Barber traces his career to the Urban Task Force convened by Richard Rogers at the behest of the government in the late 1990s. “At that time, we were still in the postwar functionalist era: very big distances between houses, huge parking requirements, and so on,” he says. “Traffic engineers ruled the roost.” The task force produced a welter of recommendations for cultivating denser and more humane neighborhoods — the kind of suggestion that might have been filed away under “Good Intentions” were it not for Rogers’s clout. Barber exulted. “Traditional urbanism was reborn at the same time that I was fascinated by North African and Southern European cities,” he says.
You can sense the call of the south in his competition-winning design for a housing scheme that became the Donnybrook Quarter, a dense but gracious huddle of flat-topped white houses with balconies, terraces, and bays, and a street and piazza slicing through. “It’s not a housing scheme; it’s a piece of the city,” he says. That project contains the seeds of all the design his firm has produced ever since, although it has ditched white stucco for good old British brick.
Ah, brick. By training a modernist, by necessity a pragmatist, Barber is at bottom a romantic rooted in English scenery and traditions. The essays he occasionally posts on his website offer glimpses into the emotional life of architecture, and none are more rapturous than his ode to brick: “My first love? … the vernacular buildings of Surrey and East Sussex. Hunkered down against a fold in a Wielden landscape … soft pinky bricks of downland clay in rat-trap bond with a dusting of lichen and mossy grapevine pointing.”
Barber’s surfaces are knotty and mottled, full of friction and shadow. You could light a match on one of his façades. “We like bricks that have lots of variation and look like they might be in some barn in New England.” (Brick barns are rare, but they do exist.) “So the forms are modern but the material old, and it has a visual complexity and a kind of handmade vibe.” In most contemporary practice, a veneer of bricks is pre-bonded to a concrete panel and hoisted into position. Barber’s buildings, on the other hand, involve laying them the ancient way. His arches aren’t made by decorating steel supports but instead use the same technique the Romans used, letting bricks support one another. Immigration has helped build a corps of willing craftsmen. “We’re lucky enough to have laborers coming here from Eastern Europe, where brickwork is still part of the vernacular,” he says. (That supply of imported expertise is one of the many things Brexit may change.)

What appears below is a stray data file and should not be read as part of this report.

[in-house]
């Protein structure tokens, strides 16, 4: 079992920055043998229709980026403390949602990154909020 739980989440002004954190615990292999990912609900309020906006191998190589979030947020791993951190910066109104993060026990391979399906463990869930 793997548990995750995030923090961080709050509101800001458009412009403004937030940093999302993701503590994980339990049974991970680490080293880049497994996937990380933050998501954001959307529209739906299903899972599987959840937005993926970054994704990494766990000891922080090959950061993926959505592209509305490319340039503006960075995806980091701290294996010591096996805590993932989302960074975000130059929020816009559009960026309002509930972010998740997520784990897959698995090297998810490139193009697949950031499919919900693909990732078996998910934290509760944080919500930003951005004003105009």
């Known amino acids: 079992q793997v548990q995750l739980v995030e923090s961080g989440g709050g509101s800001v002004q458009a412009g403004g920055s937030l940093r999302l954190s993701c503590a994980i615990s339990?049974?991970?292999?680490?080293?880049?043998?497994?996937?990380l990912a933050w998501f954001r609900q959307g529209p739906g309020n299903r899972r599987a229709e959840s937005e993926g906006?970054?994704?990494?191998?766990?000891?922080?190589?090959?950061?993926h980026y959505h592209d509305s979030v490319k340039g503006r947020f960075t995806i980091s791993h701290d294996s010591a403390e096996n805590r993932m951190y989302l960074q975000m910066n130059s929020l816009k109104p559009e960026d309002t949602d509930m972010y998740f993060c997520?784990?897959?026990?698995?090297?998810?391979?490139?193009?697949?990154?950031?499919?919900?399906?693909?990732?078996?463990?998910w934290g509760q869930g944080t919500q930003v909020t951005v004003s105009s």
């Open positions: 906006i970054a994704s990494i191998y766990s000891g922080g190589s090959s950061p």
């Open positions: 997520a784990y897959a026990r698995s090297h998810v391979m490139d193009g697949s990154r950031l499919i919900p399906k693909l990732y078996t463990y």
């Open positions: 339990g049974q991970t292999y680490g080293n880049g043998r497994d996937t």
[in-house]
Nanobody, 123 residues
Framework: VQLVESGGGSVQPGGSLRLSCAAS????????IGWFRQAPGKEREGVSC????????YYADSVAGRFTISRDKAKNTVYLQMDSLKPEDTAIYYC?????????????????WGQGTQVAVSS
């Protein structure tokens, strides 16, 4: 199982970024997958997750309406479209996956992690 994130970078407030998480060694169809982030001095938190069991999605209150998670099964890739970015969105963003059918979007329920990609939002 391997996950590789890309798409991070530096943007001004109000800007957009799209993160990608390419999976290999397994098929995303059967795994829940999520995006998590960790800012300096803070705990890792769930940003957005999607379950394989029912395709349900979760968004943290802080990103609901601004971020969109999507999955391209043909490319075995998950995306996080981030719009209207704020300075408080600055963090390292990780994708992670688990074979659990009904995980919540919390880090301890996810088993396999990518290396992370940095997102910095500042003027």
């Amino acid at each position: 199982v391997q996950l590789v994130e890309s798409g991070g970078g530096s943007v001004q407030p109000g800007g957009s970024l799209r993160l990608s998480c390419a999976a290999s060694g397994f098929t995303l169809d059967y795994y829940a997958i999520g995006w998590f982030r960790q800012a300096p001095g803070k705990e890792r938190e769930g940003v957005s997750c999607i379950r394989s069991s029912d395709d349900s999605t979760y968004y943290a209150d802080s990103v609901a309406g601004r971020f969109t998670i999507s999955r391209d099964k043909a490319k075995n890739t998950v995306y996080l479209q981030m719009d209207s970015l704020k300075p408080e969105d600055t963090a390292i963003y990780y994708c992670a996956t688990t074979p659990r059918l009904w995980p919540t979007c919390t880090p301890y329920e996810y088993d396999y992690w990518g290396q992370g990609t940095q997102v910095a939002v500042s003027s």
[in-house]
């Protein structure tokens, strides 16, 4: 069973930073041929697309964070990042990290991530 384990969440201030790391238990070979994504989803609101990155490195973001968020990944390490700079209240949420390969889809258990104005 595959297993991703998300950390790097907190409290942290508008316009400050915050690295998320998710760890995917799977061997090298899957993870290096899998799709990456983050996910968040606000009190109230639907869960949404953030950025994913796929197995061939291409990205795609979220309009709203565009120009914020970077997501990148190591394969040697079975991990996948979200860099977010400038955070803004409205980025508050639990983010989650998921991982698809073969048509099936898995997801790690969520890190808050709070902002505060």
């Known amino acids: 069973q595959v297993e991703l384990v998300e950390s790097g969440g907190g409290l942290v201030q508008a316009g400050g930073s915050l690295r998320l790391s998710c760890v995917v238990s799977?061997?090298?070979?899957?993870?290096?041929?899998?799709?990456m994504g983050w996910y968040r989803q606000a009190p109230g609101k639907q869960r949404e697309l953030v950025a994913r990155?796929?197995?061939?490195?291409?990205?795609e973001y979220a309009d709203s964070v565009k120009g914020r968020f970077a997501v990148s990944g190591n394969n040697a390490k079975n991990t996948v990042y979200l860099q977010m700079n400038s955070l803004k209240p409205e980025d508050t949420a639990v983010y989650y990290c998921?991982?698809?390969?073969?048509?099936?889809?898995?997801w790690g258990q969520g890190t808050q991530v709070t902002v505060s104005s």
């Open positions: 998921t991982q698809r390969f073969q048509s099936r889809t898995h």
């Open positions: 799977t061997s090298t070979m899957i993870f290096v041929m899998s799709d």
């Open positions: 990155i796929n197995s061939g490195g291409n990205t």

Far from imposing an all-purpose stylistic solution on a complex social issue, Barber is attuned to the quirks of law and local character, which is why most of his buildings are small and low to the ground, but interior layouts vary. Each of the McGrath Road houses is organized as a stack of rooms, which he acknowledges is not for everyone: “They’re rubbish if you have bad knees, because you’re walking up and down stairs all the time.” His Holmes Road Cottages in Kentish Town, designed for people who have been homeless, is a row of studios facing onto a courtyard, each one with a narrow, brightly painted door surmounted by a porthole window and a wavy parapet.
“In this country, we love to have our own front door on the street rather than sharing an entrance with hundreds of other flats so we don’t know who’s coming and going. I think it’s quite a London thing. Or an English thing,” Barber says. That predilection is expressed in a welter of regulations: Each house must have at least 530 square feet of garden, porch, or terrace; face in at least two directions; and leave at least 72 feet of open space between the wall and a neighbor’s window. Rules like these encourage architects to hew to the most unthinking solutions, producing homes that fetishize conformity. Barber’s skill is to come up with idiosyncratic interpretations, packing entirely legal little villages into unpromising scraps of land.
Sometimes this means reinventing long-disdained forms, like the back-to-back houses that once packed cities in England’s industrial north and have since been almost completely obliterated. “People were living in absolute squalor,” Barber says. “The sanitation was appalling. The maintenance of the buildings was dreadful.” But give residents good plumbing and a few more square feet and bring in abundant daylight, and he believes that, as with so many forgotten elements of city building, housing, and civic-minded architecture, it’s time for the back-to-back to come back.